It is no contest that the most dramatic reductions in the amount of habitat available to sage grouse has been due to the conversion and development (including farming) of private lands. However, federal public lands make up 48% of the 753 million acres of land in the "11 western states" (WA 27%, UT 64%, ID 62%, OR 60%, WY 50%, CO 36%, NV 83%, AZ 45%, NM 34%, MT 28%, CA 47%). Even granting that the best lands are in private ownership, there is absolutely no excuse for such a widespread species as the western sage grouse declining as rapidly and extensively as it has where there is such a vast natural heritage in public ownership - if that public estate were being managed for public values such as sage grouse (and other wildlife) habitat, sustainability of endemic biological diversity, maintenance of water quality, and so forth.
If the western sage grouse becomes "listed" under the Endangered Species Act (ESA)(and I believe that it will be listed as "threatened" within two years), it will be solely because the custodians of our public lands have continued to subsidize fewer than 18,000 public lands ranchers with a level of environmental degradation that renders any monetary subsidy value small by comparison. It is bitter irony that those same public lands ranchers would be among the first to feel the effects of an ESA listing through restrictions on the use of their private lands. And it's not just the western sage grouse; it's also the goshawk, Gila trout, bull trout, willow flycatcher, lesser prairie-chicken, Sonoran pronghorn, Mearn's quail, scaled quail, masked bobwhite quail, golden trout, burrowing owl, yellow-legged frog, Yosimite toad, desert tortoise, and on and on and on - all being sacrificed on public lands to perpetuate the tragedy of the grazing commons.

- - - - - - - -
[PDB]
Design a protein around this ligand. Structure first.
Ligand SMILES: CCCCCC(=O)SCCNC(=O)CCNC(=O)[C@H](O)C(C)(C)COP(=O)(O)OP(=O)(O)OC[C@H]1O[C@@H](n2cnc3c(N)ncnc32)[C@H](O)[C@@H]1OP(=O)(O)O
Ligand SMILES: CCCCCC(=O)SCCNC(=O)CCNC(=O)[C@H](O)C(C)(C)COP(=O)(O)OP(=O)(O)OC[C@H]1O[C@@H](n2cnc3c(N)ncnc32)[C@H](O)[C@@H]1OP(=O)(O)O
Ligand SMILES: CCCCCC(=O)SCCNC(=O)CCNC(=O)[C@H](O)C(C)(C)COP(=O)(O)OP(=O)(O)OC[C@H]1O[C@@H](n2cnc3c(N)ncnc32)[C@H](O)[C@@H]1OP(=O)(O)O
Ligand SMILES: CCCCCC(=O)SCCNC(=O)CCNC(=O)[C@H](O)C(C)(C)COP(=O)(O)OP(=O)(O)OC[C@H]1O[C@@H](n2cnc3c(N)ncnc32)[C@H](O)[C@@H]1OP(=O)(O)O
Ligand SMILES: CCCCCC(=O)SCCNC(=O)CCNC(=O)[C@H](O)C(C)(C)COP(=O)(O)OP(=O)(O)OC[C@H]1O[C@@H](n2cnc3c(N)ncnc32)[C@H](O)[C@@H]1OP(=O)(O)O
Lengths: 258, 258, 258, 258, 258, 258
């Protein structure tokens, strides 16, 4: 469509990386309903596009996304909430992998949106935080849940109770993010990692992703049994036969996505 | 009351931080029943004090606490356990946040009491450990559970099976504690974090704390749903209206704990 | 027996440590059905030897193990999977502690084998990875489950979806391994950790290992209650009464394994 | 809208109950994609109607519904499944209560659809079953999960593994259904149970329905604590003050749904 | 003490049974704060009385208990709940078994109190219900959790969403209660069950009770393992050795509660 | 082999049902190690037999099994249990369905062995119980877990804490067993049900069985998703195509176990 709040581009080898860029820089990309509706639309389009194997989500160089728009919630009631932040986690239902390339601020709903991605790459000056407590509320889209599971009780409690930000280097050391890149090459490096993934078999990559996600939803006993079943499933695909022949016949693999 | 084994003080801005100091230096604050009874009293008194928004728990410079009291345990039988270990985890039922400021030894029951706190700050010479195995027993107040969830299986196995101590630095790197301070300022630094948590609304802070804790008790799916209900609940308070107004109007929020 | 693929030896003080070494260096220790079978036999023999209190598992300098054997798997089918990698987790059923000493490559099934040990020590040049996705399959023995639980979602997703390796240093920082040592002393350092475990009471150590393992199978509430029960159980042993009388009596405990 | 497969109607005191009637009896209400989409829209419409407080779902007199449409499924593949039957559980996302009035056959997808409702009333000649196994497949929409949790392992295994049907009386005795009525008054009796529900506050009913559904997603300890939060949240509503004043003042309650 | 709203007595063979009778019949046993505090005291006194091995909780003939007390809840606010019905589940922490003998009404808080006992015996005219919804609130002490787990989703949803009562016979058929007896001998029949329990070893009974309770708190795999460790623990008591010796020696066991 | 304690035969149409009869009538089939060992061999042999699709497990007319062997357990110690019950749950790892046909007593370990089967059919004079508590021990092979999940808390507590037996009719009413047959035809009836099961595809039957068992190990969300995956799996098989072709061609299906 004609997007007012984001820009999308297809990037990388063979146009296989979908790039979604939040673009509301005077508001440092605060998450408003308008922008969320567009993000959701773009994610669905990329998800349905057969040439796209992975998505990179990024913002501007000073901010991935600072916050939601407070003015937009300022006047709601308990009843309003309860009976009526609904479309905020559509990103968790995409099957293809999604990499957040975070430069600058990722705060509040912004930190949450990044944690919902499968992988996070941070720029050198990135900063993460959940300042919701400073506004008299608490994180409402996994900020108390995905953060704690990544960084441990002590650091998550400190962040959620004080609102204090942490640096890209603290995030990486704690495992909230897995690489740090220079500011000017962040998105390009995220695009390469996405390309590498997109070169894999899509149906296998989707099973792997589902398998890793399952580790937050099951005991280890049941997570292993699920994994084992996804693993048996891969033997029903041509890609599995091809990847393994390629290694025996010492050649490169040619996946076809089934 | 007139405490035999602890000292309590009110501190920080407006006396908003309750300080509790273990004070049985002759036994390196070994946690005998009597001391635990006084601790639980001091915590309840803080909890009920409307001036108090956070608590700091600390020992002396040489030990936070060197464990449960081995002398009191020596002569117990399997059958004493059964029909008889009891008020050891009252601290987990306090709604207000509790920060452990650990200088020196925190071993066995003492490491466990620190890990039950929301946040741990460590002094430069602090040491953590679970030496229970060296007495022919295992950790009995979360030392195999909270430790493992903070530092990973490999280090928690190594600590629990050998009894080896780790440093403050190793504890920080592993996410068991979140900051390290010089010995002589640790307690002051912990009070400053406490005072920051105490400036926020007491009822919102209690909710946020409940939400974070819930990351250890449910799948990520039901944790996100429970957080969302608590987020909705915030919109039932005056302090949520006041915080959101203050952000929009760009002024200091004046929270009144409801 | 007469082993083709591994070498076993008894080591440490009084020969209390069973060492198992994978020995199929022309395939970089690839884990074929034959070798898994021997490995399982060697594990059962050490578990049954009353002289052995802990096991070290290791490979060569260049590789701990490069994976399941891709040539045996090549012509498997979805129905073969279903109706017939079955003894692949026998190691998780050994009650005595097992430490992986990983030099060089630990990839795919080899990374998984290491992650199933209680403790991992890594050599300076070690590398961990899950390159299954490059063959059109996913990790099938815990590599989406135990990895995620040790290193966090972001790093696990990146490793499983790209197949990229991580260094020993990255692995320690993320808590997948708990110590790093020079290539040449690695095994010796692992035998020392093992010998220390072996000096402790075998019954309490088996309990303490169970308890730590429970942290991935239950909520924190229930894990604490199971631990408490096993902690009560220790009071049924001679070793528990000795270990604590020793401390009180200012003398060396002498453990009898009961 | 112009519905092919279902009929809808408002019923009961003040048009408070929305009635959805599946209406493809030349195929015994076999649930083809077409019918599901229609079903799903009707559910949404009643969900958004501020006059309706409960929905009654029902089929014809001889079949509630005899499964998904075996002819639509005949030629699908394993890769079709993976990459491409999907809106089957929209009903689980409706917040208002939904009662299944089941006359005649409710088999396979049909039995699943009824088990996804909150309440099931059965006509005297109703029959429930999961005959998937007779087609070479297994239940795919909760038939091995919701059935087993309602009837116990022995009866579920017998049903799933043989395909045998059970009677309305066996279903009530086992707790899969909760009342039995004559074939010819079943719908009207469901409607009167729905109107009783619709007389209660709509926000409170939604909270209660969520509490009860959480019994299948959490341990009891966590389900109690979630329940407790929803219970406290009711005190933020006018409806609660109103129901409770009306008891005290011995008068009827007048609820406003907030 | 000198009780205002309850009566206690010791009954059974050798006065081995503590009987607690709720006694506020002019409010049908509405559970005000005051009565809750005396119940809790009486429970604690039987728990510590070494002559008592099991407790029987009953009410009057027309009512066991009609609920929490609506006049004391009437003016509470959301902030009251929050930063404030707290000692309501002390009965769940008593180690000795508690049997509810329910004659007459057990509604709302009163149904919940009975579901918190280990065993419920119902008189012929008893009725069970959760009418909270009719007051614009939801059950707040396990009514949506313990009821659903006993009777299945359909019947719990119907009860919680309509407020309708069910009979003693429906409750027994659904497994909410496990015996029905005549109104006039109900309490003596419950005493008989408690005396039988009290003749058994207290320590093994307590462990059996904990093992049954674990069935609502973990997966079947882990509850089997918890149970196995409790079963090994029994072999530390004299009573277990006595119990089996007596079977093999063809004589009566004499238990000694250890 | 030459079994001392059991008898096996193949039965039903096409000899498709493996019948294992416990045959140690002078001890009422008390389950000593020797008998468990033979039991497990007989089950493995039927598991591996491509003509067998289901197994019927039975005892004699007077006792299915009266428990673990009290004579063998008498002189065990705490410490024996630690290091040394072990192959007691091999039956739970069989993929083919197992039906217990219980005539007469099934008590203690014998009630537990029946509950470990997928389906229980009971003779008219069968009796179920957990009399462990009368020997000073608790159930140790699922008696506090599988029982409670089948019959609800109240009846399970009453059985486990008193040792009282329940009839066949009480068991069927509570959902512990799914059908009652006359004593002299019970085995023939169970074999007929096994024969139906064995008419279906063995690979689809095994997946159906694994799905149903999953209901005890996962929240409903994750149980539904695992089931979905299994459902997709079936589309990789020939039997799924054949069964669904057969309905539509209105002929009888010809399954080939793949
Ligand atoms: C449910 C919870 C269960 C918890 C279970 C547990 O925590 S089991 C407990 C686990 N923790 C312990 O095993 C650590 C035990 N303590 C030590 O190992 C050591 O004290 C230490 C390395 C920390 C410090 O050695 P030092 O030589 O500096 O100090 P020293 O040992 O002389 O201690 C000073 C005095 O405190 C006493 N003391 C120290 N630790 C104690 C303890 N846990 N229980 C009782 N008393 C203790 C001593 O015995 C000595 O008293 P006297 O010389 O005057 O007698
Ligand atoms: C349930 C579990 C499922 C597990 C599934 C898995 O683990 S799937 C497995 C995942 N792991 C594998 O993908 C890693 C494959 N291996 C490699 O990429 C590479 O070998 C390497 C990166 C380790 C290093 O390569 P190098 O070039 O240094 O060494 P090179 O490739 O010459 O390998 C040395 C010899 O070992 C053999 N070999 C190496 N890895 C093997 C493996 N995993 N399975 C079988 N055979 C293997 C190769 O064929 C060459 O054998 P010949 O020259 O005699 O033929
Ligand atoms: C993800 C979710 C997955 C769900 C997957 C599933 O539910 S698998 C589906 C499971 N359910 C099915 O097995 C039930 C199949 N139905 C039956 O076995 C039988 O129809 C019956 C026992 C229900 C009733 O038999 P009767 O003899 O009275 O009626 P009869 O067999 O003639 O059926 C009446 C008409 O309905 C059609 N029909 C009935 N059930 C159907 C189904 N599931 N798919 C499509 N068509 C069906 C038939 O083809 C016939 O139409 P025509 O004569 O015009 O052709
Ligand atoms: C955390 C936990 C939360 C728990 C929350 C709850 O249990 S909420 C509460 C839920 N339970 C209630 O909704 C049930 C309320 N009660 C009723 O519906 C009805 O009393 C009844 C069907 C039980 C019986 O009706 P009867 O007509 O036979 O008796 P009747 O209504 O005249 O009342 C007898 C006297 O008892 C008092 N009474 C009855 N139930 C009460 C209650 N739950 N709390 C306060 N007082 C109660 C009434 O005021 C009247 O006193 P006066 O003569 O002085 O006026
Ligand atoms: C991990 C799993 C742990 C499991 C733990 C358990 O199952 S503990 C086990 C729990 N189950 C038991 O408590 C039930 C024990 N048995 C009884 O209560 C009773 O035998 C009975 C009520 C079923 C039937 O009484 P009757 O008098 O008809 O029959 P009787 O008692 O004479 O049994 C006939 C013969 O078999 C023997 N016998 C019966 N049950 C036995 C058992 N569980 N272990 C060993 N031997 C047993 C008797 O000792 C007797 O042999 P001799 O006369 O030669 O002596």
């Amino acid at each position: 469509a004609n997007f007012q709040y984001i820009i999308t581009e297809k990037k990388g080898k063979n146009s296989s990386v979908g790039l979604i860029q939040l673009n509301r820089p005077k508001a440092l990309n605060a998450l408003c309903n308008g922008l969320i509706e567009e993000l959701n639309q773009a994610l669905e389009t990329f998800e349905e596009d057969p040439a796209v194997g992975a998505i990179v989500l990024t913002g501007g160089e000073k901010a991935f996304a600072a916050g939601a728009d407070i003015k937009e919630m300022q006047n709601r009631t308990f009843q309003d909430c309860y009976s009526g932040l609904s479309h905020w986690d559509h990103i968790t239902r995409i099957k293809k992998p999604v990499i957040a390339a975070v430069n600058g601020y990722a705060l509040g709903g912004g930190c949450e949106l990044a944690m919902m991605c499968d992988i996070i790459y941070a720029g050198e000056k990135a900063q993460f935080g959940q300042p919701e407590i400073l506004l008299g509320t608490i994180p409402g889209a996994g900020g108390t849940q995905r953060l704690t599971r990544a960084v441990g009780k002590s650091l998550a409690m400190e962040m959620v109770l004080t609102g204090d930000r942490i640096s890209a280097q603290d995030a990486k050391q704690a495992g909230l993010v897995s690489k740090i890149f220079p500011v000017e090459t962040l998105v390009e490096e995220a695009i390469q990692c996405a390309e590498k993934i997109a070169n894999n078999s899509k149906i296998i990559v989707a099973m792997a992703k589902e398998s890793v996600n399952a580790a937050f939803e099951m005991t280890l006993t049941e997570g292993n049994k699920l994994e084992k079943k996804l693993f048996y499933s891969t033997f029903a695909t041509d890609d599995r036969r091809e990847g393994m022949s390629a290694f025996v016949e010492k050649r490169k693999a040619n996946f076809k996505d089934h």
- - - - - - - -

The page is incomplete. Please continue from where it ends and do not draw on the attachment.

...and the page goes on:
Phil is "right on" that grazing is the primary cause of degredation of sage grouse habitat on public lands, that grazing needs to be totally removed from a very large proportion of those lands with management greatly improved on the remainder, and that the agencies responsible are just plain not going to repair the track until after the train-wreck!
Phil pointed out a couple of the impacts of grazing on sage grouse habitat (loss of perennial grasses and increases in decadent sagebrush). I'll point out a couple more. Creation of a "fire cycle" resulting in an absence of sagebrush in areas prone to cheatgrass domination, and the opposite effect in more moist/cool areas where removal of herbaceous cover through grazing reduces fire frequency and allows juniper expansion.
And, it's not just grazing induced/maintained type conversion that is a problem. In areas that would otherwise be suitable for nesting and brooding, there is the issue of the height of herbaceous vegetation and standing litter during nesting and brooding. In 1989 I worked on an unpublished/incompleted analysis of 10% of Oregon BLM's largest allotments and found that 70% of the pastures were being grazed during June of any year, with only a slightly lower figure for May. In addition, one of the currently favored strategies for improving riparian areas "with grazing" is based on late winter/early spring grazing. Both situations reduce the amount and height of herbaceous cover during nesting and brooding.
With regards to your desire to "see effective efforts made to restore these
populations without the use of these (ESA) mandated protections", let me
It is unfortunate that management of the public lands is not held to a higher standard under our general environmental laws (such as the Endangered Species Act and the Clean Water Act) than is management of private lands. If it were, protections could be two-tiered with restrictions on commercial use of public lands being readily imposed that were as severe as necessary while leaving private lands as unencumbered as possible for as long as possible.
1. I much appreciate your comment on "insects associated with grass species". Can you provide some more specific info/references? In one of my earlier lives as "noxious weed and pesticide coordinator for Oregon/Washington BLM", I received a promo video for an herbicide (I forget which one). Part of their sales pitch was a claim that an insect survey where their product had reduced (not eliminated) sagebrush and allowed grasses to increase (at least until the cows got it again?) showed a substantial increase in insect populations compared with the unsprayed control. This is the only reference I remember seeing where the difference in insect populations had been documented. As problems with sage grouse brood survival due to inadequate nutrition has emerged as a primary concern (along with nest predation due to limited herbaceous cover), I think it would be helpful to pull together any available information on the rangeland condition - rangeland insect relationship.